Enjoying those expat amenities at Shanghai Brewery
We’ve come across the expat lifestyle a lot more here in Shanghai than we did in Hong Kong. Part of that is geography. In Hong Kong, we were an hour from the major expat area, while here we can get there in 20 minutes. And, also, here there are expat areas—plural. Three metro stops away is the old French Concession, with its charming architecture, boutique shops and fine food and beverages (including some excellent locally-brewed beer). But, a few more stops away is the Hongqiao/Hongmei area, near the kids’ school, which centers around a great pedestrian street with a bunch of food options. And a bit further afield, across the river, are the sprawling and swank Pudong expat areas (where I went today for that perfectly expat activity—an 8K running race).
But, also, for whatever reason I think there seems to be much more of a unique way of living here among expats. In Hong Kong, I saw a lot of young expats, working and playing hard, living in the high rises in the mid-levels above Central Hong Kong. They could be living in any city. But, in Shanghai, there seem to be a lot more families, and that entails a lot more lifestyle.
The private schools here are amazing. The campus where Berkely plays soccer—Shanghai American School—is enormous and very, very nice. I’ve seen pictures of the fancy theatres and other amenities in the other schools in town. You pay for it—most of the best run just under $30,000/year.
But, that’s the thing about the expat lifestyle. You don’t pay for it. Your company does. Along with a spacious and well-appointed home, a cook, nanny, driver, etc. Expats get to live large in Shanghai—and China, more generally. The standard of living for expats is very high—much higher than almost all would enjoy back in the US, or whatever country they’re from.
Bumping up against this all the time, one is certain to wonder on occasion: could I live the expat lifestyle in Shanghai?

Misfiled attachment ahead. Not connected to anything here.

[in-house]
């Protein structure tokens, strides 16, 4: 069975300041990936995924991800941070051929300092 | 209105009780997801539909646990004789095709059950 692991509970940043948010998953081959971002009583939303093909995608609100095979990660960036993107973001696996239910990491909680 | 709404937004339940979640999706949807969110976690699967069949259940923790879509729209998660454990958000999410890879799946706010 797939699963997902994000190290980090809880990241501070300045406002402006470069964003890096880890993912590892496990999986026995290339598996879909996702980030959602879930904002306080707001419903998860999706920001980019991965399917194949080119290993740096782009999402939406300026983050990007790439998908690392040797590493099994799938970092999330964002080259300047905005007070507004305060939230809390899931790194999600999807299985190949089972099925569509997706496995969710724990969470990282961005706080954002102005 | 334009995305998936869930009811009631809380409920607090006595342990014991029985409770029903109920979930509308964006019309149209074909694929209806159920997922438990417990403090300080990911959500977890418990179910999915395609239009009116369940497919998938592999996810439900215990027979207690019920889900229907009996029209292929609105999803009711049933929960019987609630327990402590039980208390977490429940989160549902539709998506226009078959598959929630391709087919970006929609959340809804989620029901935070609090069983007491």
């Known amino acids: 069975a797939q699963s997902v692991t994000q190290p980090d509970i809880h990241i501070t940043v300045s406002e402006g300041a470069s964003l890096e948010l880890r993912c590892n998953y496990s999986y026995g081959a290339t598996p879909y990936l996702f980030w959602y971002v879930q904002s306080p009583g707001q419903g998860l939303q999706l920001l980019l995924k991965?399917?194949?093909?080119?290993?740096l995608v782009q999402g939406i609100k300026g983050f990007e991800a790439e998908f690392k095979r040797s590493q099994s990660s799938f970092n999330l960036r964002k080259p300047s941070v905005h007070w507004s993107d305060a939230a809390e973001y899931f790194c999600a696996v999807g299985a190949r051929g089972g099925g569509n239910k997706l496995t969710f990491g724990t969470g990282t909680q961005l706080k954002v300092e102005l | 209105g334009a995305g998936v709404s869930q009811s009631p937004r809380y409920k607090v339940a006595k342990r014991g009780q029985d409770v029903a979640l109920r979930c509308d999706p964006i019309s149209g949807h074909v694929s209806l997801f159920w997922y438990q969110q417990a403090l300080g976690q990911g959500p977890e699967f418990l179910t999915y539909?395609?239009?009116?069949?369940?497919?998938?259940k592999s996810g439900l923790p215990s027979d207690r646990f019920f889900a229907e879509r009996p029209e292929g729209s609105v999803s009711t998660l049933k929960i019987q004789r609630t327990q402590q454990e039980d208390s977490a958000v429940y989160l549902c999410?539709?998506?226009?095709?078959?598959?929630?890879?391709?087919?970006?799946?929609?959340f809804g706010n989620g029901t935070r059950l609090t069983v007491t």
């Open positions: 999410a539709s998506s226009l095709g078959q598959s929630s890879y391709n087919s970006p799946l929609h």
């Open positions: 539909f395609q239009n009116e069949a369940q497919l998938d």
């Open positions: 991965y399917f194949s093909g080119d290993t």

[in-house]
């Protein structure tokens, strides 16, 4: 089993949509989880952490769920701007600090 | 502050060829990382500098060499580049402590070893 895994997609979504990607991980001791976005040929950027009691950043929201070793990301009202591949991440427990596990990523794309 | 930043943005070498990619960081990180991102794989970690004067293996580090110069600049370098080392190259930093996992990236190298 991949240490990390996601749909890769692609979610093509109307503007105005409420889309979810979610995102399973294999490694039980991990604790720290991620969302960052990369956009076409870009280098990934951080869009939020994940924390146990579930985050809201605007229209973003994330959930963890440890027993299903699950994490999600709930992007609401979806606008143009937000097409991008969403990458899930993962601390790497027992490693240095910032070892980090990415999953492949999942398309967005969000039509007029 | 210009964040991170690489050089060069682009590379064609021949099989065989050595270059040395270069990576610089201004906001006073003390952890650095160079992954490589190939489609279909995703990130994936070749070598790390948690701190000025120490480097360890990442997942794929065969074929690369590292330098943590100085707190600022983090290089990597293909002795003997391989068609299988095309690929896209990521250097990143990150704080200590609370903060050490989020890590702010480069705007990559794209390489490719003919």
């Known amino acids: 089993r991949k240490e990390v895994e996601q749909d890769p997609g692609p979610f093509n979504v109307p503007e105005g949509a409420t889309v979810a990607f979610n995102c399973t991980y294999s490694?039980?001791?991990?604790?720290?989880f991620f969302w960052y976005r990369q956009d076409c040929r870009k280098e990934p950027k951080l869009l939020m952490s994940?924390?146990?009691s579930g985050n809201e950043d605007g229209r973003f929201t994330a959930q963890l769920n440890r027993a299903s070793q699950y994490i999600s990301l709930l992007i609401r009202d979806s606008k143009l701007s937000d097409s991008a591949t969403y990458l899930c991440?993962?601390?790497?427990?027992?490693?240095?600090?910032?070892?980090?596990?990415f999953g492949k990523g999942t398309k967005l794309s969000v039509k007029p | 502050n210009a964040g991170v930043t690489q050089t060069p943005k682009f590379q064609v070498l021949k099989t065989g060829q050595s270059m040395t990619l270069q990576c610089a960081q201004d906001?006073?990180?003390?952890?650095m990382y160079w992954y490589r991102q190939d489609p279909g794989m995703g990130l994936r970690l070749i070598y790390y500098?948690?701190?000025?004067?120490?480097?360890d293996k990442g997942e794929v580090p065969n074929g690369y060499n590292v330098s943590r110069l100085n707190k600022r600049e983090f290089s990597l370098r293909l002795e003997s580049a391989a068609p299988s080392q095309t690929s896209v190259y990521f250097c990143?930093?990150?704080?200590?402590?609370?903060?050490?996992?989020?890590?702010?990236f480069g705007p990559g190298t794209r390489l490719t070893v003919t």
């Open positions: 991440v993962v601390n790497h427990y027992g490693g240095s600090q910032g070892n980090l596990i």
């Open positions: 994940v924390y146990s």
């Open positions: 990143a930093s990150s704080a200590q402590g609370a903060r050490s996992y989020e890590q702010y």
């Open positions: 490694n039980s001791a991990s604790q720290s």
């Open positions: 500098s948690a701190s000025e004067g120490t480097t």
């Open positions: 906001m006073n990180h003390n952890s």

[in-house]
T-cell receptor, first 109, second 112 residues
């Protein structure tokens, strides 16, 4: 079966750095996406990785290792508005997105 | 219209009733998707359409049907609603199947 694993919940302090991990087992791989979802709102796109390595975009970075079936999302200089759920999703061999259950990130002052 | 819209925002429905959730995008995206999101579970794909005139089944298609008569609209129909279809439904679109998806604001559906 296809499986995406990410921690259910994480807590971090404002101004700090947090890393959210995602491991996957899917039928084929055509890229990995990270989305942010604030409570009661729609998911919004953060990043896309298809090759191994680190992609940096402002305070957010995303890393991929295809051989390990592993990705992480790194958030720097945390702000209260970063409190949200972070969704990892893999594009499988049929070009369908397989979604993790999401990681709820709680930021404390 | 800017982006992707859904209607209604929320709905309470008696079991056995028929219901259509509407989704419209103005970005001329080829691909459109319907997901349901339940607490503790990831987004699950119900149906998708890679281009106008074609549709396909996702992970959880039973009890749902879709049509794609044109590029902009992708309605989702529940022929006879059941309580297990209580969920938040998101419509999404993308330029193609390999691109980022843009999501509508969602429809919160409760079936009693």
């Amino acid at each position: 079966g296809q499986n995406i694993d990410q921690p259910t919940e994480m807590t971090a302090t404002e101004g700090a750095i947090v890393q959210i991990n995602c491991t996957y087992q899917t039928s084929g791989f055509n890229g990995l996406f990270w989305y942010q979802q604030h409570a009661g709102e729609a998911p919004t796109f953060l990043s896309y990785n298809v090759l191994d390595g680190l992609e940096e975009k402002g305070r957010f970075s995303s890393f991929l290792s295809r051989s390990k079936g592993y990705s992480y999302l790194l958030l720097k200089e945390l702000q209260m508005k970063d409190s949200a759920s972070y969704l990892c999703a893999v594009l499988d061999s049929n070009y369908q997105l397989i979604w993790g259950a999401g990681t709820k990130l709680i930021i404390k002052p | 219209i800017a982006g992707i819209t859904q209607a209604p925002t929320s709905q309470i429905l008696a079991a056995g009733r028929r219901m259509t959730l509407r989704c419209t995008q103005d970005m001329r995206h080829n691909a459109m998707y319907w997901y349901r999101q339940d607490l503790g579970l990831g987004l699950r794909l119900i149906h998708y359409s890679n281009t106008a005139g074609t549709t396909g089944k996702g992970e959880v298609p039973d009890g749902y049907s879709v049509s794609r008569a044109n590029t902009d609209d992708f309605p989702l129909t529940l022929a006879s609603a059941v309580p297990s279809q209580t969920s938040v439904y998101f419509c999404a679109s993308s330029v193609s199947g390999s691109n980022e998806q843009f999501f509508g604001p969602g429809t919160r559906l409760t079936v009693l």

Now, this is purely hypothetical for us, since our employers have no work for us to do for them here and, if they did, being taxpayer-funded, public universities, I’m not sure they’d really provide all the perks (so, stop freaking out, family and friends; we’re coming home, don’t worry). But, it’s still interesting to consider.
On the one hand, it would be nice. Shanghai has all the amenities of a major international city, and enjoying it with an entire household staff, a palatial manse and some of the best educational institutions for our kids would be awfully attractive.
But, I think I would not want to, even if the opportunity arose. There are several reasons why. First, I like where I live. Dartmouth is the perfect place to have a home and raise a family. And I wouldn’t want to be so far from family and friends on a permanent basis.
But, even if that weren’t a consideration, I’m not sure I’d do it. For one, I don’t think I could live in Shanghai. I’m not sure I could get over the basic lack of courtesy and politeness one encounters on a daily basis here. Many times a day my internal indignation meters goes off (this afternoon, a father and his son go up from their seats on a crowded metro train and left their two cups of yogurt and assorted papers on the seat behind them, leaving them unusable; this kind of behavior happens all the time). I prefer my daily experience of other people to be a bit more refined and civil. Shanghai grates on my nerves.
Another issue for me is the identity of my children. What I would worry about is the creation of third-culture children—kids who embrace neither their home culture nor the culture in which they reside. Apparently, this is an issue that arises a lot among expats who live abroad for extended periods. While I definitely want my kids to appreciate and sympathize with other cultures, I also want them to be Americans. They are Americans. Heck, it’s too late for them to be anything else, even if we wanted them to be. And I believe it’s important for them to have and maintain that identity (and, when they grow up, shape what that identity means for the entire society, if only in some small way—though I have high expectations, of course).
The other day, Quin said to me, “you know, Dad, we’ve been here so long, I feel like I’m Chinese as much as I’m American!” Now, he was joking, but his comments made me consider how quickly kids pick up the cultural cues around them. From the ability to use chopsticks to the use of Cantonese slang, the boys have absorbed a lot while they’ve been here (though, unfortunately, not the famous Chinese deference to authority). In three years, the length of the standard expat contract, what would they be like? They would have spent one-quarter or more of their lives in China. They would be, in some sense, Chinese, right?
I have to conclude that a year is about the maximum one can be out of the country before the kids start to slide toward that third culture. So, despite the undeniable allures of the expat lifestyle, I’d be ready to go home now, even if we could stay.